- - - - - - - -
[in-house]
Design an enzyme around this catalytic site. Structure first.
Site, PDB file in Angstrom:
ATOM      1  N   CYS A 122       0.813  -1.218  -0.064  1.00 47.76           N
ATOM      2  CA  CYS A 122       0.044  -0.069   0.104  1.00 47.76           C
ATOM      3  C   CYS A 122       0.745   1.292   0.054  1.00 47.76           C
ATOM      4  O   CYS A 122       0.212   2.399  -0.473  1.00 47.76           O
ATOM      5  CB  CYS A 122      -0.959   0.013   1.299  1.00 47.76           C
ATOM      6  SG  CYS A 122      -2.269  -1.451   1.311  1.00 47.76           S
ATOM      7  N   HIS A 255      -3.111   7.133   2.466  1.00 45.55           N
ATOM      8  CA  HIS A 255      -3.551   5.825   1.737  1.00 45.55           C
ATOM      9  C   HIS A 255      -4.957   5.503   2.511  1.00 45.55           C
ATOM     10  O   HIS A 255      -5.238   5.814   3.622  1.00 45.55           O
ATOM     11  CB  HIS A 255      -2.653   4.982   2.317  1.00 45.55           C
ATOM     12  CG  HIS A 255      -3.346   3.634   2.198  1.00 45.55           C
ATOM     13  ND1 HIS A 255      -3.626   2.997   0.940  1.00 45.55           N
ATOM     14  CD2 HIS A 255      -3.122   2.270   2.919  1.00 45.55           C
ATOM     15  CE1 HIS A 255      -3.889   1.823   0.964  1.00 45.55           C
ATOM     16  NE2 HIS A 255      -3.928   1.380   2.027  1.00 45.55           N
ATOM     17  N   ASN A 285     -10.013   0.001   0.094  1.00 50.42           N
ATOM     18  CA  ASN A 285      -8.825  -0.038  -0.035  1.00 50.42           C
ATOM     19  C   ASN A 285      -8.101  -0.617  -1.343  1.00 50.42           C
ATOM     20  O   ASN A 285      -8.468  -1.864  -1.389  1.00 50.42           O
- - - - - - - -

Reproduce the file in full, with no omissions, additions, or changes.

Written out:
[in-house]
Design an enzyme around this catalytic site. Structure first.
Site, PDB file in Angstrom:
ATOM      1  N   CYS A 122       0.813  -1.218  -0.064  1.00 47.76           N
ATOM      2  CA  CYS A 122       0.044  -0.069   0.104  1.00 47.76           C
ATOM      3  C   CYS A 122       0.745   1.292   0.054  1.00 47.76           C
ATOM      4  O   CYS A 122       0.212   2.399  -0.473  1.00 47.76           O
ATOM      5  CB  CYS A 122      -0.959   0.013   1.299  1.00 47.76           C
ATOM      6  SG  CYS A 122      -2.269  -1.451   1.311  1.00 47.76           S
ATOM      7  N   HIS A 255      -3.111   7.133   2.466  1.00 45.55           N
ATOM      8  CA  HIS A 255      -3.551   5.825   1.737  1.00 45.55           C
ATOM      9  C   HIS A 255      -4.957   5.503   2.511  1.00 45.55           C
ATOM     10  O   HIS A 255      -5.238   5.814   3.622  1.00 45.55           O
ATOM     11  CB  HIS A 255      -2.653   4.982   2.317  1.00 45.55           C
ATOM     12  CG  HIS A 255      -3.346   3.634   2.198  1.00 45.55           C
ATOM     13  ND1 HIS A 255      -3.626   2.997   0.940  1.00 45.55           N
ATOM     14  CD2 HIS A 255      -3.122   2.270   2.919  1.00 45.55           C
ATOM     15  CE1 HIS A 255      -3.889   1.823   0.964  1.00 45.55           C
ATOM     16  NE2 HIS A 255      -3.928   1.380   2.027  1.00 45.55           N
ATOM     17  N   ASN A 285     -10.013   0.001   0.094  1.00 50.42           N
ATOM     18  CA  ASN A 285      -8.825  -0.038  -0.035  1.00 50.42           C
ATOM     19  C   ASN A 285      -8.101  -0.617  -1.343  1.00 50.42           C
ATOM     20  O   ASN A 285      -8.468  -1.864  -1.389  1.00 50.42           O